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Moving the collections from Bradford’s National Media Museum to London is a betrayal of the North

Street photographer, c. 1930, part of the NMeM collection.

Budget 2016 may look to have been kind to the arts in the regions. Museums and galleries are to receive tax breaks for temporary or touring exhibitions, though the Museums Association’s policy officer Alistair Brown highlighted the problem that this failed to address “the fundamental problem of diminishing local authority funding”.

And it’s very unlikely that marginal tax breaks will make any difference to the circumstances of Bradford’s National Media Museum. It was recently announced that the artistic collections of the museum, which is part of the Science Museum Group, are to be deaccessioned to the Victoria & Albert Museum in London. Bradford is retaining those collections purported to be in the scientific and technical area of photography, still deemed relevant to the museum’s “fresh start”: a new focus on the STEM subjects (Science, Technology, Engineering and Maths).

This has predictably caused much heat. Some 80 established photography professionals, including Mike Leigh and David Hockney, signed a letter of protest which was sent to the national papers.

Concern centres on the impoverishment of Bradford and the North of England in favour of a metropolitan cultural holding already rich in photography. The creation of a super-collection at the V&A, which the acquisition of the collection of the Royal Photographic Society (the largest and most important of those now being disposed of from Bradford) would most assuredly amount to, is felt to be prejudicial to the government’s stated interest in devolving culture and economic power to the regions.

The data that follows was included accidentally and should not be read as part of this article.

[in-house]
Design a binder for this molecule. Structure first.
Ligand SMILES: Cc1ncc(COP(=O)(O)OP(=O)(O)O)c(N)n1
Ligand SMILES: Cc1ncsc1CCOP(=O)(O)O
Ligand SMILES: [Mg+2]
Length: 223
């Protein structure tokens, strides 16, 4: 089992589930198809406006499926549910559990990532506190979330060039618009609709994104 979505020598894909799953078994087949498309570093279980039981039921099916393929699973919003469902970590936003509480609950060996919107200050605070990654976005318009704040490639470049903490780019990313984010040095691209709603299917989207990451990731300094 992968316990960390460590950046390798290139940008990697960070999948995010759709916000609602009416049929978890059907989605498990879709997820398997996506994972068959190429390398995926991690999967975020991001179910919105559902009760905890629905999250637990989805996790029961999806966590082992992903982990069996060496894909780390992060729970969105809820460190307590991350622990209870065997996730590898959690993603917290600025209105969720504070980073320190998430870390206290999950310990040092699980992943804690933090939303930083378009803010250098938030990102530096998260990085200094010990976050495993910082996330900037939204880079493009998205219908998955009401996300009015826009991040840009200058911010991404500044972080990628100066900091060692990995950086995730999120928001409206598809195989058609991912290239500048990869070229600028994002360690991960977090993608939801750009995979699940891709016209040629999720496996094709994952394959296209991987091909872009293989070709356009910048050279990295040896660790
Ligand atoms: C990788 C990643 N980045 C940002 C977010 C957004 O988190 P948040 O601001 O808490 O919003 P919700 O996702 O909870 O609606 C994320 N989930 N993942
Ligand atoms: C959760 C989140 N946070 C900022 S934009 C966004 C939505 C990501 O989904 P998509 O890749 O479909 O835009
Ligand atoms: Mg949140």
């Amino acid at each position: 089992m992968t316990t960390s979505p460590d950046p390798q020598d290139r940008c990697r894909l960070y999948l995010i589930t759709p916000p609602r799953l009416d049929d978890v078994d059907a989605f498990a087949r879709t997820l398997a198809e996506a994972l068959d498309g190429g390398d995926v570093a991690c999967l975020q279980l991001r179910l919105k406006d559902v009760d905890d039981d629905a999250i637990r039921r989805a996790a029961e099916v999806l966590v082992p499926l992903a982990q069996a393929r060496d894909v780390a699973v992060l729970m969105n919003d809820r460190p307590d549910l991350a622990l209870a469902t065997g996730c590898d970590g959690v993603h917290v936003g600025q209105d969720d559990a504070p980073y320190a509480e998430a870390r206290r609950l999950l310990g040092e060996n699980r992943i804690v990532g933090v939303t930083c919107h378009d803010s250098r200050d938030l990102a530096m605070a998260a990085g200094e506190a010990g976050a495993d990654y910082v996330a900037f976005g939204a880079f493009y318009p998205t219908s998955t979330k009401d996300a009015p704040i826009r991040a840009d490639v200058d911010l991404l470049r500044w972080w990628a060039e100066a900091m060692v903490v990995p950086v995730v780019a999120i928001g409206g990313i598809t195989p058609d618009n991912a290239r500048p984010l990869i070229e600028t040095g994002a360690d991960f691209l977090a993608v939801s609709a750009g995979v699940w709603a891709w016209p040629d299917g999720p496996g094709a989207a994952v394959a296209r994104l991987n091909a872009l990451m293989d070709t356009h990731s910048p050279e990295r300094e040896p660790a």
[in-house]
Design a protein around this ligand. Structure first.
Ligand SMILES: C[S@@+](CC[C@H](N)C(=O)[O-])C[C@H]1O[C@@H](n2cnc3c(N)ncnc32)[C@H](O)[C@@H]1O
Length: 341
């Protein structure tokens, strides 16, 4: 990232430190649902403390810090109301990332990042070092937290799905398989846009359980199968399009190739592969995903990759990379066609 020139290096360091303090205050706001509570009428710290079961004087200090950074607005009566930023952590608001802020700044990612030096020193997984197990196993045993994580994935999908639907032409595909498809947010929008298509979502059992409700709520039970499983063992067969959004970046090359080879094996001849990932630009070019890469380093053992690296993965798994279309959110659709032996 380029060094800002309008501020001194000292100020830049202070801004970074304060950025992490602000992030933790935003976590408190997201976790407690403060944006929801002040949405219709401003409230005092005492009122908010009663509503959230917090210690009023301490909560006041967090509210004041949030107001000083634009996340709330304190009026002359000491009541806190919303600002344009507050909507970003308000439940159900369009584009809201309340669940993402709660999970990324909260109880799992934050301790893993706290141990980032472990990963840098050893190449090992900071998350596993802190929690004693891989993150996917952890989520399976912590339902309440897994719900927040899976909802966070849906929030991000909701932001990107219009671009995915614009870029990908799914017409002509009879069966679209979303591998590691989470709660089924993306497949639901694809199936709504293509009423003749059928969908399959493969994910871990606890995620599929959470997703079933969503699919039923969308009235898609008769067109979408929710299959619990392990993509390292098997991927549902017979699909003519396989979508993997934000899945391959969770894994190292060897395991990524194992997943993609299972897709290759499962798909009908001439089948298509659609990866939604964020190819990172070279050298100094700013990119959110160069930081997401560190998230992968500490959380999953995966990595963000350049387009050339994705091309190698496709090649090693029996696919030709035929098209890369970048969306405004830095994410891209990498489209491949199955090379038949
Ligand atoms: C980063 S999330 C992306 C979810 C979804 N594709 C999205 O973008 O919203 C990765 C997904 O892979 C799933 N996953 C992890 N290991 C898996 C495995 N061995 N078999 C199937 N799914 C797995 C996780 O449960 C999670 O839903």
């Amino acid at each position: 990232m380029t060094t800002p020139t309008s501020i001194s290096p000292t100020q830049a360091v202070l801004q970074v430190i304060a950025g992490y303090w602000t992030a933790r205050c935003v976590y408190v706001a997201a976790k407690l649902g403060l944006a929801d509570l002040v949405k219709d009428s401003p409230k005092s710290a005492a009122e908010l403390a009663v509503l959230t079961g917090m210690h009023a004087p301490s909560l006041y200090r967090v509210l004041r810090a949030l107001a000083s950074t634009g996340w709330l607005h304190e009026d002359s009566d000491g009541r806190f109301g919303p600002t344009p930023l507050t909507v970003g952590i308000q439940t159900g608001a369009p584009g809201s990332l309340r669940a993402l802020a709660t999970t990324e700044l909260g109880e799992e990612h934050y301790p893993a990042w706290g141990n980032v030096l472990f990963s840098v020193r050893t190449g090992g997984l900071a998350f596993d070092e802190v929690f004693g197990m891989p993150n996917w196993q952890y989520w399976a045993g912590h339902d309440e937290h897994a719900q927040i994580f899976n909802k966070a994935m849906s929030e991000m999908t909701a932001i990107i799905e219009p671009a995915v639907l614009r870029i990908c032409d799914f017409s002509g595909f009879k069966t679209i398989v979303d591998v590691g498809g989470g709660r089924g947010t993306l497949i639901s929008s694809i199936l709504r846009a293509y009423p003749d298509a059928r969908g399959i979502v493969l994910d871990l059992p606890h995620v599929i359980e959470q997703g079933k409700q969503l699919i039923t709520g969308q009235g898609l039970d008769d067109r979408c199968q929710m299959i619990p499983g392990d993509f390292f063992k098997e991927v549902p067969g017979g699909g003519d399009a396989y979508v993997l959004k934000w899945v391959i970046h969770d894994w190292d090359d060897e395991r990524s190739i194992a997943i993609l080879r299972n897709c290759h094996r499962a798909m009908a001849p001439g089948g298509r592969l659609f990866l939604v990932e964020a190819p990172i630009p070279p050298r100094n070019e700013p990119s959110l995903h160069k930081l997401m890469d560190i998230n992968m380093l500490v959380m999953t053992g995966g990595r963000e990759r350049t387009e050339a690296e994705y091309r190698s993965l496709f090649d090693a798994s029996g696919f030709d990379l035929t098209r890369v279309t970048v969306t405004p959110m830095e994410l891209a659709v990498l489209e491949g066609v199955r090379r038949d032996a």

Shifting great sacks of treasure from the National Media Museum is certainly a betrayal of the north. The present government has been much given to a rhetorical trope about “the Northern Powerhouse” it wishes to see develop. The truth is that the museum has been moving away from its original remit as a collections-based museum for many years. It was back in 2006 that it changed its name from National Museum of Photography, Film and Television. The reorganisation which accompanied the name change made many curatorial experts in the collections redundant.

The Poacher, Peter Henry Emerson. The Royal Photographic Society Collection/National Media Museum


Another strand of expressed dismay is about the way in which the deaccession decision was reached. If the Department for Culture Media and Sport had hoped that it was an operational matter for the Science Museum to decide how to effect the savings it deemed essential, large interest groups outside did not agree. I have seen a number of papers obtained under Freedom of Information rules which make it plain that although the trustees of the Science Museum and of the National Media Museum had been planning the deaccession in detail for some 18 months, they at no stage thought to offer them to any museums other than the Tate and the V&A.

A paper was prepared for a meeting of the board of trustees of the Science Museum Group on December 2 2015 by Judith McNicol, a director at the Science Museum Group, under the authority of Jo Quinton-Tulloch, director of the National Media Museum. It is quite explicit. “The art and cultural photography collections no longer fit with the aspirations of the museum and the focus on STEM,” it says in its introduction. It later says that “the two leading museums in this field, the Tate and the V&A, were given the opportunity to express interest in the collections. Both responded enthusiastically”.